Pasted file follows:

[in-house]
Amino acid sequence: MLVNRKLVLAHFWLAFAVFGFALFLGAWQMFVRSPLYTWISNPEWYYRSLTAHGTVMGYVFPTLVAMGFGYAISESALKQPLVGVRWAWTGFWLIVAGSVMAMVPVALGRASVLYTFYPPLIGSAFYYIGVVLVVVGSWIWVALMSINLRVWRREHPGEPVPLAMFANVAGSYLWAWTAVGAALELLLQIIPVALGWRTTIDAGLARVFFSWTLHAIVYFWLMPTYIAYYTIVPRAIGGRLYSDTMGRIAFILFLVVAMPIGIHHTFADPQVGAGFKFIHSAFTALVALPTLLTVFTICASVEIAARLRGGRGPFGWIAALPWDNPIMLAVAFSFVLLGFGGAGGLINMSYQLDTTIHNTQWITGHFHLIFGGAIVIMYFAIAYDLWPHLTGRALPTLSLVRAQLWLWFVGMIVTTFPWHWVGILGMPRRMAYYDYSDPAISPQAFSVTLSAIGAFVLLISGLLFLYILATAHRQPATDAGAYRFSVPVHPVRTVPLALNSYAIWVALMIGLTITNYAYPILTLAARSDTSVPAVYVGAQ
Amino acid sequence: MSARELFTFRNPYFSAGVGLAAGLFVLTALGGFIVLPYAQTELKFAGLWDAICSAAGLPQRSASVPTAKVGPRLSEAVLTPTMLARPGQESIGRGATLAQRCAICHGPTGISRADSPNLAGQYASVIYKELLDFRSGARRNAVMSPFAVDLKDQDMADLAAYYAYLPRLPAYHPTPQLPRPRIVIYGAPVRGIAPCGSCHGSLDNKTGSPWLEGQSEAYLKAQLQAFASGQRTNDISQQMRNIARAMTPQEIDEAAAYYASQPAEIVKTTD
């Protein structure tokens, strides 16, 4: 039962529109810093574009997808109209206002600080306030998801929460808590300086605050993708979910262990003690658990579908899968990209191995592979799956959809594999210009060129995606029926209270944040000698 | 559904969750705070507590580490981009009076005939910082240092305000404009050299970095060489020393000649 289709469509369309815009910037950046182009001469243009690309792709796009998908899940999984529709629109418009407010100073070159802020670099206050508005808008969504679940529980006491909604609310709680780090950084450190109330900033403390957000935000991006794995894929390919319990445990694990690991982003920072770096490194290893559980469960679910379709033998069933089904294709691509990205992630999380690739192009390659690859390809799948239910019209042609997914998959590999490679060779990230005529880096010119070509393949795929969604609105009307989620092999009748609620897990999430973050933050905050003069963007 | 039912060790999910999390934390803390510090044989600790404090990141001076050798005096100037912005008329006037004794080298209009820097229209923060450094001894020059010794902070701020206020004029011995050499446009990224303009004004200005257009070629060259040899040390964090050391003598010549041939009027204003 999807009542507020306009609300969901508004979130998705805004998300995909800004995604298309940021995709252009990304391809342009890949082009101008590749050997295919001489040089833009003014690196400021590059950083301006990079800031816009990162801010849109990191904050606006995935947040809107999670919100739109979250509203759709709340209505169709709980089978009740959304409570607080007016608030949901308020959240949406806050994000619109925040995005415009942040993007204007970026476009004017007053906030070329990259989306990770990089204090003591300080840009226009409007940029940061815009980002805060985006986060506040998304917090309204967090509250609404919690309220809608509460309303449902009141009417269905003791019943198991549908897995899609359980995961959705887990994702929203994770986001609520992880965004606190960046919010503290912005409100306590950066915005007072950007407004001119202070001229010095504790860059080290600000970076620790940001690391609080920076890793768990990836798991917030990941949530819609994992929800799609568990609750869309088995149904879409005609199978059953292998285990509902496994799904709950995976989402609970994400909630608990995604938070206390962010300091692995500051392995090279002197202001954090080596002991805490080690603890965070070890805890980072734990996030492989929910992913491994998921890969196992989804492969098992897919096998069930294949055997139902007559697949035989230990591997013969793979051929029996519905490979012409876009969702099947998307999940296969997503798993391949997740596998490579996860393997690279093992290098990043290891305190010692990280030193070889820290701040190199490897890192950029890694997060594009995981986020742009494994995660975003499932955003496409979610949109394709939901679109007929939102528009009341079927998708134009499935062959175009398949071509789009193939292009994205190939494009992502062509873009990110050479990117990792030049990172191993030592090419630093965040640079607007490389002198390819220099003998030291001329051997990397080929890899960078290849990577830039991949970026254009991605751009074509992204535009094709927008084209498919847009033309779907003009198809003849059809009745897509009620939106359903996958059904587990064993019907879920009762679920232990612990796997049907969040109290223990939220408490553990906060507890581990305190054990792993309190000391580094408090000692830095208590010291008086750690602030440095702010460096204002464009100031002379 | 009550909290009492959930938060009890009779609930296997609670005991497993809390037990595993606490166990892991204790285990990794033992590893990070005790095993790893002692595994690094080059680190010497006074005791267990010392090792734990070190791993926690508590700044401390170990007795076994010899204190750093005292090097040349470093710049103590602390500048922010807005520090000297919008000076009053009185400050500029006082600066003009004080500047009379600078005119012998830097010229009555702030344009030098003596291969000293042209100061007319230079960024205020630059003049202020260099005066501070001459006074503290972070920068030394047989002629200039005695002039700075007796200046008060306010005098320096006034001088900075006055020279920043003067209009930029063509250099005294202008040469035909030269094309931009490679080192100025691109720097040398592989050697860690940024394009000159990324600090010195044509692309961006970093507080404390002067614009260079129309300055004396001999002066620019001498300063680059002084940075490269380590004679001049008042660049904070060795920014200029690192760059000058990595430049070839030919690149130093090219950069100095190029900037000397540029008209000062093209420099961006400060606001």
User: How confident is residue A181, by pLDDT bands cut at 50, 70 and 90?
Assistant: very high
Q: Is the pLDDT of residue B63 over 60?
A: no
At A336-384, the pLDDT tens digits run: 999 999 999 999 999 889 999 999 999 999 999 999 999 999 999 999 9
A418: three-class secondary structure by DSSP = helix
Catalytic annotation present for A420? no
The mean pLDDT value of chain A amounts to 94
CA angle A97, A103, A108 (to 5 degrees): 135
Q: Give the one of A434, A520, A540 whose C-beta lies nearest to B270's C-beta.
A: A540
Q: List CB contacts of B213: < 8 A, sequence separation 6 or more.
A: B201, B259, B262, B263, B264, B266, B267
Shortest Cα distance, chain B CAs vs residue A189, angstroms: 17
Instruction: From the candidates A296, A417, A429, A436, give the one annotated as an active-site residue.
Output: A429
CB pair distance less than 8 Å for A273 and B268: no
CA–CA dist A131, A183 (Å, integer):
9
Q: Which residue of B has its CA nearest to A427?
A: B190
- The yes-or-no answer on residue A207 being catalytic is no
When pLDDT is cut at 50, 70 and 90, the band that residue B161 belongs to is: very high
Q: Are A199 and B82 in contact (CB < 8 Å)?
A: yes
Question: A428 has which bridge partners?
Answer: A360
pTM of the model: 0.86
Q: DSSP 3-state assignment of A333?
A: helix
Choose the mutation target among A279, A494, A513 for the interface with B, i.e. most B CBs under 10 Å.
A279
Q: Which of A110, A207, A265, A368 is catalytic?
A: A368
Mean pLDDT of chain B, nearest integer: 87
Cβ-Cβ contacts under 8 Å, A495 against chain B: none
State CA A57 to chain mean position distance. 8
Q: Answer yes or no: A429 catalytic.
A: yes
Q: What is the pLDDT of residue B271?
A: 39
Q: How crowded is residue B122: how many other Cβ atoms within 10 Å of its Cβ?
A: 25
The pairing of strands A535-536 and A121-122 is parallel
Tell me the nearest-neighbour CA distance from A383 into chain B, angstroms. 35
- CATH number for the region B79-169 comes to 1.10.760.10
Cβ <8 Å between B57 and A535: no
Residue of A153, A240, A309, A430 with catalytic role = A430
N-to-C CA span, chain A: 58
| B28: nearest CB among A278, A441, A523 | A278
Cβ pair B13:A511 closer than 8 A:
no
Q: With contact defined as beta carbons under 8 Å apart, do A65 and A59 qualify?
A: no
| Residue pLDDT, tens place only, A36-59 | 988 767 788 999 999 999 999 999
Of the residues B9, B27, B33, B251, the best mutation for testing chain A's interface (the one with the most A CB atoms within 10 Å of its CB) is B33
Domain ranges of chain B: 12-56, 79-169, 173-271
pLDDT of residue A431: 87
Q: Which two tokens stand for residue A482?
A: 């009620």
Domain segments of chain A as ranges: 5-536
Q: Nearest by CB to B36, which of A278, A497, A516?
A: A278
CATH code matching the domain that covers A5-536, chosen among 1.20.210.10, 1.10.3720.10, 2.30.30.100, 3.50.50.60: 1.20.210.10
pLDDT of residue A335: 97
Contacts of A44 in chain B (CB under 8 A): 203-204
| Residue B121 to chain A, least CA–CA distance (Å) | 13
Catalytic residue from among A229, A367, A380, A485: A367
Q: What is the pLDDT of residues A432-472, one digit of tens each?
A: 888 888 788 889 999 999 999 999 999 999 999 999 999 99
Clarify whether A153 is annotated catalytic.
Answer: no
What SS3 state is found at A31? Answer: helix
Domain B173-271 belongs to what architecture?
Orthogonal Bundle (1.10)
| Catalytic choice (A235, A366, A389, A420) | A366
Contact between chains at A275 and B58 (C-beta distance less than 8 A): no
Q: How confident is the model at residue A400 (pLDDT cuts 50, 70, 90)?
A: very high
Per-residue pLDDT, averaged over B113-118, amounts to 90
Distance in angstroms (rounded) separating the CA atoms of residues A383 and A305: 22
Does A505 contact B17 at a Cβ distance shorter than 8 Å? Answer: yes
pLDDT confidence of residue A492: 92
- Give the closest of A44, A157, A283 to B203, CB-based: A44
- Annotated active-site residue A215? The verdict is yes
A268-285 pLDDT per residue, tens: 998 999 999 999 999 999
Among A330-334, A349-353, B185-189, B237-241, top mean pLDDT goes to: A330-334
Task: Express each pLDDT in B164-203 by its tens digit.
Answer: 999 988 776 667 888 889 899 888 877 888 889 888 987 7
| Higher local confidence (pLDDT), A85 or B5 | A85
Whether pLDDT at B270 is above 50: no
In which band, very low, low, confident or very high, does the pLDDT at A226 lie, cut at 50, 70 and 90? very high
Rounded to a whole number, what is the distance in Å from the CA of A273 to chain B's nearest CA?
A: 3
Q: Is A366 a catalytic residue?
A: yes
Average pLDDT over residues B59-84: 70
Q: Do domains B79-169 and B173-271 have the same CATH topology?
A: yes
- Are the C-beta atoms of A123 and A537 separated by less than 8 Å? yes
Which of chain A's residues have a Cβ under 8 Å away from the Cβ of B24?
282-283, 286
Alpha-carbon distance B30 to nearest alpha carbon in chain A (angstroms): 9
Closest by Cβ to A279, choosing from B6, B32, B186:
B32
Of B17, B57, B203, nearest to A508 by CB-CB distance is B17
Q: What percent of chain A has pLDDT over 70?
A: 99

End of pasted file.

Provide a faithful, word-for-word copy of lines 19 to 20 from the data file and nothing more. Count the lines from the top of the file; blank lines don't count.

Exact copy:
Instruction: From the candidates A296, A417, A429, A436, give the one annotated as an active-site residue.
Output: A429